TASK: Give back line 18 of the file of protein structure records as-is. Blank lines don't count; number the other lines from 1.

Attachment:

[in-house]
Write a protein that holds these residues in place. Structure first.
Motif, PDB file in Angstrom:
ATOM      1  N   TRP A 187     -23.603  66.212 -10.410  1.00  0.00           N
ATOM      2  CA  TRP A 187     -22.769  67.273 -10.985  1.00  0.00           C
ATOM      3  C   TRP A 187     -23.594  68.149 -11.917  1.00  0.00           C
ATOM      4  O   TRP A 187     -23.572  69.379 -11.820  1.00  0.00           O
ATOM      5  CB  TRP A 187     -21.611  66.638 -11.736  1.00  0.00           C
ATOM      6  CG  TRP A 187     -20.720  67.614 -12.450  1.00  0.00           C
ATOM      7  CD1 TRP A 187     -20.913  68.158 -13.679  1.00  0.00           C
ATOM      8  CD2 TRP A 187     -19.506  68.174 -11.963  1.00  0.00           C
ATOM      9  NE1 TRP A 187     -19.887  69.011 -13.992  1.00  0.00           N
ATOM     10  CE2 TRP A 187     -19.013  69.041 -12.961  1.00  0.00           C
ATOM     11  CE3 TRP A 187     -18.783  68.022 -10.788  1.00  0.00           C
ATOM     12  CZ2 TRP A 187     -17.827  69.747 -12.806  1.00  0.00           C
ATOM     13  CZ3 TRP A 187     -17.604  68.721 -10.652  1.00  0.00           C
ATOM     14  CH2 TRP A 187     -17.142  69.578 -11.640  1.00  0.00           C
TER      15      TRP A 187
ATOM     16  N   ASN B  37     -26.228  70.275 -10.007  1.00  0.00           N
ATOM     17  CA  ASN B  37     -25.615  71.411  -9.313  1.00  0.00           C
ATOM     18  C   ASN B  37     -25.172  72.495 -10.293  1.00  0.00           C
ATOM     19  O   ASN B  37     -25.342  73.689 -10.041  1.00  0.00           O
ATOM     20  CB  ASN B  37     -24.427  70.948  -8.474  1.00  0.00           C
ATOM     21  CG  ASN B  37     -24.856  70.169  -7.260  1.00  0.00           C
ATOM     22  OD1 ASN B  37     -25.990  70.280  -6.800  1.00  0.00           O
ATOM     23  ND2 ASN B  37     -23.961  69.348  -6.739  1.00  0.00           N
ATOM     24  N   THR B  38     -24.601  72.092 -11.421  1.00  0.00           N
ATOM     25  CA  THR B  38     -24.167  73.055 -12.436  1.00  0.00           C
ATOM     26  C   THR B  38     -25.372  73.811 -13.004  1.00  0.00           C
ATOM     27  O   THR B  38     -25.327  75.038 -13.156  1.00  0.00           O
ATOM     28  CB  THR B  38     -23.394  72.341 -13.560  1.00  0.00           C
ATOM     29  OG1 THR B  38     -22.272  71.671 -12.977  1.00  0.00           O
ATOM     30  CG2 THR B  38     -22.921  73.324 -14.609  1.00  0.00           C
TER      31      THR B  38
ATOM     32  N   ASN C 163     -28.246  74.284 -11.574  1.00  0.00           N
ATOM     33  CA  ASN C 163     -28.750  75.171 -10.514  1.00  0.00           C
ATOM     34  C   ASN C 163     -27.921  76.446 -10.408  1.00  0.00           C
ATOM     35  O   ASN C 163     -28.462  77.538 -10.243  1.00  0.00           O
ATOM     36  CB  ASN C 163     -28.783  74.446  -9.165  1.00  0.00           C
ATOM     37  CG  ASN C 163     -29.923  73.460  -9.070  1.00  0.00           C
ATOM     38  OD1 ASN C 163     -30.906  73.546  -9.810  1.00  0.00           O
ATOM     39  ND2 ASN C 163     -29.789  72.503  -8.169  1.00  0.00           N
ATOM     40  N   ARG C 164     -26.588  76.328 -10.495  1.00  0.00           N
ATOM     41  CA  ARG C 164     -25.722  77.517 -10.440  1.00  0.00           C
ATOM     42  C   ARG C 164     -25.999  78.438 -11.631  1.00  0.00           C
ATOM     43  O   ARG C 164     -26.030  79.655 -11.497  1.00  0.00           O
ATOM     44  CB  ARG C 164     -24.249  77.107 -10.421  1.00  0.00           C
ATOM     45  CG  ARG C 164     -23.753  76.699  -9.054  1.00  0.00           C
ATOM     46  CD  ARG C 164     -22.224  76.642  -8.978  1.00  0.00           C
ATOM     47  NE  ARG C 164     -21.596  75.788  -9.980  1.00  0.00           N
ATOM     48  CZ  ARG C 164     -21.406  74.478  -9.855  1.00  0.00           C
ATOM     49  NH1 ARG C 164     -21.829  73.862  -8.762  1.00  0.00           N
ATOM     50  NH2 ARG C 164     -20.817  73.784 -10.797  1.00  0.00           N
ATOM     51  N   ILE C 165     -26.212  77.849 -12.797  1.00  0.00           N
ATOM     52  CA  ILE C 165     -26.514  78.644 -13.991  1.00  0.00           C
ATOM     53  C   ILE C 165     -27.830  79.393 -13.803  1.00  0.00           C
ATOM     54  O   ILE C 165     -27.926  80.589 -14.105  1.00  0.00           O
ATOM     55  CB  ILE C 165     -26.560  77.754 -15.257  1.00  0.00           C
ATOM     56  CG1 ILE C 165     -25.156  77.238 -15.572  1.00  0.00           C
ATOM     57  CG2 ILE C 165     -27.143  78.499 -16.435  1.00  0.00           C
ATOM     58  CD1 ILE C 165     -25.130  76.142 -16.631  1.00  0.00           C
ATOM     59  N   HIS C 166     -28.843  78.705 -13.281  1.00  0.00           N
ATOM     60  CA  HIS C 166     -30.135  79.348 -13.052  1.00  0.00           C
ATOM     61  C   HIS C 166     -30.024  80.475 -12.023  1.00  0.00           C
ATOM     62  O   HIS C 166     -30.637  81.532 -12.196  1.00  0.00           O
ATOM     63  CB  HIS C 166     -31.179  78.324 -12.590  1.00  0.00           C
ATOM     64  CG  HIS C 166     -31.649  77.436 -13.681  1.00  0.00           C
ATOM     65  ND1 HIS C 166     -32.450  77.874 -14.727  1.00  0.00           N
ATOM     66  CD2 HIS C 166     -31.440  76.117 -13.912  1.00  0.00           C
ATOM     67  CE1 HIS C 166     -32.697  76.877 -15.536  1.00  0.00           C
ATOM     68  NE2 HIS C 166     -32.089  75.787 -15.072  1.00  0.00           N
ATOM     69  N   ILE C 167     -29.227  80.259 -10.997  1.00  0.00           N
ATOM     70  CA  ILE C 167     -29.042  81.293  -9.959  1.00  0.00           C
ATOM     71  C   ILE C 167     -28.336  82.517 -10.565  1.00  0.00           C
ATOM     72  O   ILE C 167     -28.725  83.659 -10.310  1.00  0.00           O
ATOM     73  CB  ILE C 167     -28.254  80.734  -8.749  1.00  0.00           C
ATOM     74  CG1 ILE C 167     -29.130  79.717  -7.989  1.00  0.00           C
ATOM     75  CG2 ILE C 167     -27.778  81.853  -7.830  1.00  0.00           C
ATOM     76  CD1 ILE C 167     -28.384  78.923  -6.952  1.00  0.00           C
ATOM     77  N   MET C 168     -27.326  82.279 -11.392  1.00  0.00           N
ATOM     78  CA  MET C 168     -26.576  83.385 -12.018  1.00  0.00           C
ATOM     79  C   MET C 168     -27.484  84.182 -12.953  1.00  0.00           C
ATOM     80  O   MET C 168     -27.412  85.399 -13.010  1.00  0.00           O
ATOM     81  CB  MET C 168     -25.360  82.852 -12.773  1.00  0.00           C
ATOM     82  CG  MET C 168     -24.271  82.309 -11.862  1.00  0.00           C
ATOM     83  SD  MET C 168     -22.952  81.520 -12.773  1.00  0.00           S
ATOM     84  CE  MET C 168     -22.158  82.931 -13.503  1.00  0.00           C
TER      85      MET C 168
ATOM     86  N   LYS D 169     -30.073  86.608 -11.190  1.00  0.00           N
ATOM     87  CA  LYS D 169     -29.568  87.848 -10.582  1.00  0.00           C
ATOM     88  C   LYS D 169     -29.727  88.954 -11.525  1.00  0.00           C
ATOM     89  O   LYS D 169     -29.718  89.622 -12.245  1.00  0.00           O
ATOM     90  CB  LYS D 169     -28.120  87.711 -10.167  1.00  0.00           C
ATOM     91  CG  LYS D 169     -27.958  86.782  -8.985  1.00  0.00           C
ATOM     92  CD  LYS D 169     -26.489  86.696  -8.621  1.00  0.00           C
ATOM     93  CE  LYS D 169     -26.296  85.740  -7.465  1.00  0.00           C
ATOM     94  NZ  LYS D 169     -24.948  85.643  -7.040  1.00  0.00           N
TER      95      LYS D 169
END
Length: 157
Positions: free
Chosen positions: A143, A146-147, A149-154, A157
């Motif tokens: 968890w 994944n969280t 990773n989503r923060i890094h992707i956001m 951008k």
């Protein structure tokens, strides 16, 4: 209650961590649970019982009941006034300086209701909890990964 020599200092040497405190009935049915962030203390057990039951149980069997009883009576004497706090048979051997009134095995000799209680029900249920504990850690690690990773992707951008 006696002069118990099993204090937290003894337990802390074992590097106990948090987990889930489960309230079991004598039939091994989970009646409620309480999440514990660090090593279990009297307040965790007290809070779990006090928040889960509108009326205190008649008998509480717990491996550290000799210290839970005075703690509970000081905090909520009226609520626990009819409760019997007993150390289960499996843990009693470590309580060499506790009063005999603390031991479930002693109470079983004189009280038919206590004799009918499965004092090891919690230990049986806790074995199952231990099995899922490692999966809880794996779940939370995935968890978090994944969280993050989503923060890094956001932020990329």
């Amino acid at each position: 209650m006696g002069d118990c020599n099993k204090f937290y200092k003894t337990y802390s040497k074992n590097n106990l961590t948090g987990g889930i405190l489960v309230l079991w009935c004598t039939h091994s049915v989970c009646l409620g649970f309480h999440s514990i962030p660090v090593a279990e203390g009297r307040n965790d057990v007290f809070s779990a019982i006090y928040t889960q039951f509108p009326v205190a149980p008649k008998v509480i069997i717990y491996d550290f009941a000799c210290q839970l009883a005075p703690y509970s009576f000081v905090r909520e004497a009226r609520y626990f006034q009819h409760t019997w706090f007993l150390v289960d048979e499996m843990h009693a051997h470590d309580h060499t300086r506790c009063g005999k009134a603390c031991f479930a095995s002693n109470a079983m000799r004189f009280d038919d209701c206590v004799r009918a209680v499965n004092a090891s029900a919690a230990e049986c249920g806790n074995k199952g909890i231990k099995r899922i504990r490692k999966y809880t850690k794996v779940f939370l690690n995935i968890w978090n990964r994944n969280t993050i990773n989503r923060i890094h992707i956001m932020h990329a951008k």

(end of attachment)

TER      15      TRP A 187